There’s a saying that if you want something doing you should ask a busy person to do it; well Josh Reynolds should be considered at the top of any shortlist of candidates. His published output so far in 2014 comes to 12 short stories, 3 novellas, 5 novels and 1 audio drama, with a further 18 pieces of work listed on his website with publication dates still to come. His work spans many publishers, and characters both well-known and less so, including his own Adventures of the Royal Occultist series, the first novel of which is 2013’s The Whitechapel Demon. Set in 1920s London this follows the adventures of Charles St. Cyprian and Ebe Gallowglass as they tackle the kind of jobs that the police aren’t qualified for, such as dealing with a blood-hungry mummy and trying to stop the reincarnated Jack the Ripper from continuing on his bloody rampage through the East End of London.
Of course it isn’t quite as simple as that, as St. Cyprian and Gallowglass find out along the way. This Ripper is a fearsome prospect, all rictus grin and predatory grace, as he (or maybe it) rips his way through countless unfortunates who get in the way of his prize : a suitable host body to prolong his stay on the mortal plane. The concept behind the book is great, both in terms of the character of the Royal Occultist (sort of an unwelcome but begrudgingly accepted arm of the government) and the idea of a Ripper of sorts being let loose once again amongst the population of London 30-odd years after his original crimes took place. It’s unashamedly pulpy, charging head first into frantic, fast-paced action full of occult references and monstrous entities; sort of the novel version of films like The Mummy, all post-war stiff upper lip vying with a mystical, occult undercurrent that’s studiously ignored by the public at large. Characters exchange politely-phrased insults in the midst of brutal fights while terms like ‘ectoplasm’, ‘ectenic force’ and ‘aetheric capacity’ are bandied about with relish, with more than one reference to something being ‘just not cricket’ thrown in for good measure.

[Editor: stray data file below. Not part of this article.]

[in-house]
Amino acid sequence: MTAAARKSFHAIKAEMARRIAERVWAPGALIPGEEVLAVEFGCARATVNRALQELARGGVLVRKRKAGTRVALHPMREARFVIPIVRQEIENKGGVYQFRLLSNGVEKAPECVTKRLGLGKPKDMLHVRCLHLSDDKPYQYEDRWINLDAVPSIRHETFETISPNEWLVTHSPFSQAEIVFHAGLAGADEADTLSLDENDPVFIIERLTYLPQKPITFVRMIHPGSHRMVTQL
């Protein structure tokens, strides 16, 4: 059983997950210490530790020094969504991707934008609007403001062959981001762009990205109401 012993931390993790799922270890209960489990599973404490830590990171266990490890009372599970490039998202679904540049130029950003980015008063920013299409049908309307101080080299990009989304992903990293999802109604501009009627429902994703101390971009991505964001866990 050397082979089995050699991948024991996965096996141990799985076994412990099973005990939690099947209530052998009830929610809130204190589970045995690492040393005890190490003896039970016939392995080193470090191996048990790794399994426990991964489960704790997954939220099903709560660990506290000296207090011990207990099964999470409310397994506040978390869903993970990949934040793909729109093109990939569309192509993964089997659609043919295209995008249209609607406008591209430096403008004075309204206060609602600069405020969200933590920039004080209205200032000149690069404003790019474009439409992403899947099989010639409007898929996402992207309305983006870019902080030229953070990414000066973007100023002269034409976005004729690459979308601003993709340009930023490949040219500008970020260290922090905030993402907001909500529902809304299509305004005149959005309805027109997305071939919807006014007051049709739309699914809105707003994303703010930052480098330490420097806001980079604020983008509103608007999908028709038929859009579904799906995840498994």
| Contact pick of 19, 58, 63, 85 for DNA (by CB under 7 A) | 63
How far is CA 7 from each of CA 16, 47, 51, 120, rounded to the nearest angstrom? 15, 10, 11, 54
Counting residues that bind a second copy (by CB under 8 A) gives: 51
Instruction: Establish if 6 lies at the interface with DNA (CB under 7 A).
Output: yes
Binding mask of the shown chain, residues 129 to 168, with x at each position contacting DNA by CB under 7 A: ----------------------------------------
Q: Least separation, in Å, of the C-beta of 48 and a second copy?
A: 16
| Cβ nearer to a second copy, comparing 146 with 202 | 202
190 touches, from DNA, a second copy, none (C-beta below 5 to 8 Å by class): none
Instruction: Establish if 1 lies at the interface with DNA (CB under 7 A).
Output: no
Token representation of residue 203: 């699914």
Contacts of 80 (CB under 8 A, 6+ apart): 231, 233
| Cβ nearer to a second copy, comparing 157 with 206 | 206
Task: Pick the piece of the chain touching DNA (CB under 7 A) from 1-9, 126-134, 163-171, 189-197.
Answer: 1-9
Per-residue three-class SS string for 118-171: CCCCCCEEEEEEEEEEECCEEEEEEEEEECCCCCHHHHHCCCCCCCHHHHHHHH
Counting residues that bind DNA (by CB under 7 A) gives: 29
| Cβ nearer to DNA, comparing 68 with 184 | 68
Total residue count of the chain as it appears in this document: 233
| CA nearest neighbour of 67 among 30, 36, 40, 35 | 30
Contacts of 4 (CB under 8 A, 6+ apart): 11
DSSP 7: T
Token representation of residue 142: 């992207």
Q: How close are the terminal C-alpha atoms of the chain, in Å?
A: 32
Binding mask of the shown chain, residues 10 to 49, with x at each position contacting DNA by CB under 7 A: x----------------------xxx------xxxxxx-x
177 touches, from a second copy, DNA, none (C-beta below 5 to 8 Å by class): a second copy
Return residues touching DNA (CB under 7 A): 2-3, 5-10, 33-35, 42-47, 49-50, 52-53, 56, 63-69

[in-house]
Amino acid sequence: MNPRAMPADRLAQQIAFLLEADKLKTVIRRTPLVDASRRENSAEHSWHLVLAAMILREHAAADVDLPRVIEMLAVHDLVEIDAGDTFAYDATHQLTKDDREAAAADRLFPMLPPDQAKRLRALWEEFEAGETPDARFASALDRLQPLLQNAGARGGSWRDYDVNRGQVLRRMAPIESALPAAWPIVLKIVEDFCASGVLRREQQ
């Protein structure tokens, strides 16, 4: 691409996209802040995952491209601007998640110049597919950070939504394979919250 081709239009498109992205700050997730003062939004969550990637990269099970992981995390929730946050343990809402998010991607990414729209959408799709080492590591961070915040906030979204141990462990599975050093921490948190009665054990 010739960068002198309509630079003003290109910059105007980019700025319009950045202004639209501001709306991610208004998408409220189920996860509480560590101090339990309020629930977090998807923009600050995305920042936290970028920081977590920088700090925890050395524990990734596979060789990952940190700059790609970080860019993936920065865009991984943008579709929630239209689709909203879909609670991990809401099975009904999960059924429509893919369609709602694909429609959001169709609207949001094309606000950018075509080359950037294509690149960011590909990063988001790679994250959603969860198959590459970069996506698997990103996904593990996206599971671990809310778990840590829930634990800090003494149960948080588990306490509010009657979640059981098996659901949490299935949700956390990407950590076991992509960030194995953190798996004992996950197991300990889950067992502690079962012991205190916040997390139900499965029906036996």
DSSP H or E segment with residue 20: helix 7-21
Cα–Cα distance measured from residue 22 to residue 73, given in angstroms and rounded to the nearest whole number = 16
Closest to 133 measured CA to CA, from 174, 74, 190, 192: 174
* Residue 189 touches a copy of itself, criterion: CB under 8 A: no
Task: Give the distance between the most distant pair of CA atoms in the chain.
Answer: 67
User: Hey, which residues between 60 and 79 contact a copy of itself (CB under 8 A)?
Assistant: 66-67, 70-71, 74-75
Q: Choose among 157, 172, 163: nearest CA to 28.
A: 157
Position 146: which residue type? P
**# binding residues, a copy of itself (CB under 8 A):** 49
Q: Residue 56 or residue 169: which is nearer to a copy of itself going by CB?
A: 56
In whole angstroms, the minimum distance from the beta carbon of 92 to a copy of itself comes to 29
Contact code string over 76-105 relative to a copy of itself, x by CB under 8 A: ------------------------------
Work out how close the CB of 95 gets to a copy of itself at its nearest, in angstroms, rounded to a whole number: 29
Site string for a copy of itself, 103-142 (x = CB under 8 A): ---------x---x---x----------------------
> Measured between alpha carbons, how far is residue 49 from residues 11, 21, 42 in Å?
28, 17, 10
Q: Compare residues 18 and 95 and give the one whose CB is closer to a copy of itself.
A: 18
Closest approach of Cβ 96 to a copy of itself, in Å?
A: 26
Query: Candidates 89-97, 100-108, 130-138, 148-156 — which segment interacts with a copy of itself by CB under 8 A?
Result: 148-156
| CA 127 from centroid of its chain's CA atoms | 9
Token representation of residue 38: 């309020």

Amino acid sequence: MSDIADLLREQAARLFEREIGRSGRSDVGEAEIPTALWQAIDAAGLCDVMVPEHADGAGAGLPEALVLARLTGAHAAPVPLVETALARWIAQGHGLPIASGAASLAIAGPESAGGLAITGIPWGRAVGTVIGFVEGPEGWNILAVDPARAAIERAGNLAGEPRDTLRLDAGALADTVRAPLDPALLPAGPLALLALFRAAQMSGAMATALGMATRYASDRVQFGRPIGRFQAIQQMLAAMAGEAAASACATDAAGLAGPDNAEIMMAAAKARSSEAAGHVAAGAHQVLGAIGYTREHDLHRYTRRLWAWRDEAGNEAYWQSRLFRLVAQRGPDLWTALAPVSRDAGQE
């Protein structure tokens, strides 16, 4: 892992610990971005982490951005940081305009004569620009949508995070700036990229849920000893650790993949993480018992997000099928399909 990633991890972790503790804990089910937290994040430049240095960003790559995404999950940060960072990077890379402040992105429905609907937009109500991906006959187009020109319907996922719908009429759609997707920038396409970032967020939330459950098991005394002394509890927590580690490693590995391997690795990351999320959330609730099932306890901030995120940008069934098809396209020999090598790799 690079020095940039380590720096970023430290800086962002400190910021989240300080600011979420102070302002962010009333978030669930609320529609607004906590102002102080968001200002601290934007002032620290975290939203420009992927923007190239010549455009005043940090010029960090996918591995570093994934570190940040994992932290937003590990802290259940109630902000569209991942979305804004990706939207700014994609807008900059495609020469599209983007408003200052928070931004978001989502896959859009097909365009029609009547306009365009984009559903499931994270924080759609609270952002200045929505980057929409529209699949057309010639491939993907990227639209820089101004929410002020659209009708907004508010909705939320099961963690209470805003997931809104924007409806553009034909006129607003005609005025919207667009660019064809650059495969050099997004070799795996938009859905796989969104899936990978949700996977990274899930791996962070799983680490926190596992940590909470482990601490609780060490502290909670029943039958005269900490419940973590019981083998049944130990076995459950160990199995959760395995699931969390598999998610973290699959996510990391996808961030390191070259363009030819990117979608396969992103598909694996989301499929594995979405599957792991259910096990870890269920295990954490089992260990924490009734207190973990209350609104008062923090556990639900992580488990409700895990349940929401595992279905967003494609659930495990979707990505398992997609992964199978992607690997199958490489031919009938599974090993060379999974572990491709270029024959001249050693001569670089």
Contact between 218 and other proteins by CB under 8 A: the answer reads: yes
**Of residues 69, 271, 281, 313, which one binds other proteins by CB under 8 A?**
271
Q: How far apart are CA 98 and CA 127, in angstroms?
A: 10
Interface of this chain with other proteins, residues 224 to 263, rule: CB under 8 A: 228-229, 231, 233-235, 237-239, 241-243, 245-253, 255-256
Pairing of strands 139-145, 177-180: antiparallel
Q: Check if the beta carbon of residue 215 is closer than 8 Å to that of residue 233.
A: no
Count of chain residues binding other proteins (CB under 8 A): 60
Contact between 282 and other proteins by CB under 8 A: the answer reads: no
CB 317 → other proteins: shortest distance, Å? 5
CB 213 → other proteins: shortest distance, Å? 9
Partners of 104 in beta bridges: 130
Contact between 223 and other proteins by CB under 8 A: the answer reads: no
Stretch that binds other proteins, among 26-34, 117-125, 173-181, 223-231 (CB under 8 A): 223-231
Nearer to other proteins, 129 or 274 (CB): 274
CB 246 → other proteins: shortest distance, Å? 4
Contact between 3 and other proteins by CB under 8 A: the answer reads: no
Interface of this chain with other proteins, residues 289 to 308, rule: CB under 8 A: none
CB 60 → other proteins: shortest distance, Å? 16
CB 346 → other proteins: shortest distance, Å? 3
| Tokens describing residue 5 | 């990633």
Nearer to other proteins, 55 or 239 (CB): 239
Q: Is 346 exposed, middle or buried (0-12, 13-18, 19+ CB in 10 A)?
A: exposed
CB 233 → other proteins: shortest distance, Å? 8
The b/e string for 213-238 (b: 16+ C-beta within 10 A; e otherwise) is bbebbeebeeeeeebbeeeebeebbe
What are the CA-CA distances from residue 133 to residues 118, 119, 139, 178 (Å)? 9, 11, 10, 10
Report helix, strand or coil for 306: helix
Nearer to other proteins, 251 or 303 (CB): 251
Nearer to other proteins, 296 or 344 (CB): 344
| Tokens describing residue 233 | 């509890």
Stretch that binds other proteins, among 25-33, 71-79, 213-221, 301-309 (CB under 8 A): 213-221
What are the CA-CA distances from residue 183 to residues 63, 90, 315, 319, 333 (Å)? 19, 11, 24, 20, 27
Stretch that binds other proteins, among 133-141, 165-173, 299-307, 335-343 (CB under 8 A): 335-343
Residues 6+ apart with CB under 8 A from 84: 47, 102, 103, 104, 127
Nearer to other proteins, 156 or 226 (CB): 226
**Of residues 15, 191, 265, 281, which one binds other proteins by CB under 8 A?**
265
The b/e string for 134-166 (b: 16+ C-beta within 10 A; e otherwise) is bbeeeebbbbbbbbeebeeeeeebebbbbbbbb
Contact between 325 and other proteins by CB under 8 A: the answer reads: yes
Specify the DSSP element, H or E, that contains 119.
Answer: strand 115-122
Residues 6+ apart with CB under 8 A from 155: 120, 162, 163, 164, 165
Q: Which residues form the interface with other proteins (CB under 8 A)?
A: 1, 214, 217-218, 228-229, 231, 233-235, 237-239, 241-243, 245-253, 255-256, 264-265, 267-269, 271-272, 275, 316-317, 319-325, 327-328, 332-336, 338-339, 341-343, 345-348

The emphasis throughout the book is very much on fun (albeit slightly gory fun), and it will undoubtedly appeal to both fans of the occult/horror styles as well as those just looking for something fast-paced and exciting to read. At 200 pages it certainly is a quick read, but Reynolds crams plenty into that short page count to make it worth the reader’s while. With a second novel just released and a slew of other stories available, it’s a great entry point to the Royal Occultist series as well as a worthy addition to this most prolific of writer’s work.